A man with light-colored hair and a small bald spot walks through Philly, wearing a white shirt and pants. He’s upright and unhurried, arms at his sides. The camera is behind him, so we can’t see his face. He strides directly toward Swann Memorial Fountain and the pillars of the Philadelphia Museum of Art; through streets and passages of Old City; and across Thomas Paine Plaza—all clearly recognizable, even though the pictures are decades old. In a rare side-view, his face still hidden, he gets into a yellow taxi at what looks like Head House Square.
Who is he? What is he doing?
No-one knows, but that’s one of hundreds of questions that the Fisher Fine Arts Library hopes to answer with the Ed Bacon Photo Project, now online and open for comments from any Philadelphia enthusiast who might be able to tell us more about an extraordinary collection of images from a man sometimes called “the father of modern Philadelphia.”
West Philly native Edmund Norwood Bacon (1910-2005), a world-famous city planner, gave his collection of research and lecture slides to the Fisher Fine Arts Library at the University of Pennsylvania the year before he died. “We knew this would be a really important research collection for Penn, but also for Philadelphia,” says Fisher Fine Arts Library director Hannah Bennett. There’s just one problem. Very few of the images have any sort of identification. Bennett says she initially thought the man in white was Bacon himself, but on closer examination, it’s not.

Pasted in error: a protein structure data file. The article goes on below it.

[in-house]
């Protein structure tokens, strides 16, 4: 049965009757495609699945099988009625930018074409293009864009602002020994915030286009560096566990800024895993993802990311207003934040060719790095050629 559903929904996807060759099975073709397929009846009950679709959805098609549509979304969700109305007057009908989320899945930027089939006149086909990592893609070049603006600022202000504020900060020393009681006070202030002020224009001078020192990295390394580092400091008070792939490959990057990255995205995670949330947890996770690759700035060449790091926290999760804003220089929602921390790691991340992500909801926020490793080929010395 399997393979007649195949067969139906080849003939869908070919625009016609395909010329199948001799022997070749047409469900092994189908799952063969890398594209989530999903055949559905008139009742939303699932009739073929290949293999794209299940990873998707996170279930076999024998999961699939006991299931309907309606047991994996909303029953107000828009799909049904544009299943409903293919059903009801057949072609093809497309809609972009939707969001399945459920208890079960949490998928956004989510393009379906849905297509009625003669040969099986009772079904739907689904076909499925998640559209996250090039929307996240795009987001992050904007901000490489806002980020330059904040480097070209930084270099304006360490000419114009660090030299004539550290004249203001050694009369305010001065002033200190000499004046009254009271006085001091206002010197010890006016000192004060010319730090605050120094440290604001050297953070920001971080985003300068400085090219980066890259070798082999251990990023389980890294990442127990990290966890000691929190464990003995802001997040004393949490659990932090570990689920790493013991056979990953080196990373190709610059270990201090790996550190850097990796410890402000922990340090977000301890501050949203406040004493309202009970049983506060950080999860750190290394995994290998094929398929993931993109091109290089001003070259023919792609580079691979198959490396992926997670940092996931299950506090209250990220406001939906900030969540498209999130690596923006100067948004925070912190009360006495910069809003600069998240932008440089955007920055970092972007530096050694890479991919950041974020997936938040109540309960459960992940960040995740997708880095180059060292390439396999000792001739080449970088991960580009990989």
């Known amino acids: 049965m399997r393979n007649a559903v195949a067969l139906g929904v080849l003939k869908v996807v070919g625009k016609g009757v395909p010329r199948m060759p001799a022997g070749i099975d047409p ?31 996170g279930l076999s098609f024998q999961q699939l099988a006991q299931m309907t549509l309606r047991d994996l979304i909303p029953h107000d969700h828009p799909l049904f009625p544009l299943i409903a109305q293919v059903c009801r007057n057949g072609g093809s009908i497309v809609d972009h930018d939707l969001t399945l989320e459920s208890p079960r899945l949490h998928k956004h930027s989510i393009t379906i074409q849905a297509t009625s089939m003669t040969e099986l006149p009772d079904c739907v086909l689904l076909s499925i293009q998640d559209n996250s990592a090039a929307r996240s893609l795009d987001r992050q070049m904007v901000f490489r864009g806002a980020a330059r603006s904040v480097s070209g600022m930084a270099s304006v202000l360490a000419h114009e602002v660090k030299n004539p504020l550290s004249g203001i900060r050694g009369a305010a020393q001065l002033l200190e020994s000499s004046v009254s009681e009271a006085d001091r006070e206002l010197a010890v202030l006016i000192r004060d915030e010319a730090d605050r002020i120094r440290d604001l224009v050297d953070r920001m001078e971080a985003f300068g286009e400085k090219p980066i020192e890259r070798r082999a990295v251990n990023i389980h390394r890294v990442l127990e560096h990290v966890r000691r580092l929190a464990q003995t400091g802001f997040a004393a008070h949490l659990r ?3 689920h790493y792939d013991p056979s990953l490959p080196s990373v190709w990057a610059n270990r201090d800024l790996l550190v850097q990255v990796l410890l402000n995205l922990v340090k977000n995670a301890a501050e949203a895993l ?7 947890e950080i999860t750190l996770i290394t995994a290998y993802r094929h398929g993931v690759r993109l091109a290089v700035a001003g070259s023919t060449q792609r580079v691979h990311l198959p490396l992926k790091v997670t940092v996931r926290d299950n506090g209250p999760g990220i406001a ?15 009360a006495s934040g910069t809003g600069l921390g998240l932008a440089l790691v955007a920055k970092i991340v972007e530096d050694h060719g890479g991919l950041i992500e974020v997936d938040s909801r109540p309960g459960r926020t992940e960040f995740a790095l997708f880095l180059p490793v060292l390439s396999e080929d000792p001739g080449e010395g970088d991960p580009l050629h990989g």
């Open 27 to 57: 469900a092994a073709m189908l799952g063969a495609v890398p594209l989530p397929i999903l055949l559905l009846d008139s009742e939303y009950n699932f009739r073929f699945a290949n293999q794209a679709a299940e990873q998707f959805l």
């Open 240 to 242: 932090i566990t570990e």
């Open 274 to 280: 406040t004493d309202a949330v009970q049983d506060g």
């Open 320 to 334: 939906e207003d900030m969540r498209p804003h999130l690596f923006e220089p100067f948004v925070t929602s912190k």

The library has digitized about 5,000 of Bacon’s images, 1,000 of which are now available for the public to view online. “We knew this would be a really important insight into how he thought, and how he was looking at buildings and cityscapes,” Bennett says, calling the collection a visual “master class in city development.”
“It is a little unusual,” she adds of the avalanche of unlabeled images, most of which come from every corner of Philadelphia, though some are from cities overseas. Most scholars who donate this kind of collection at least have some kind of shorthand annotation to go along with it, but no such luck from Bacon. He did give the library a document that Bennett says “kind of looks like a ransom note” listing years from 1959 through 1988, identifying months and places visited. “I’m guessing that these correlate to the slides somehow,” she says—but no-one is sure how.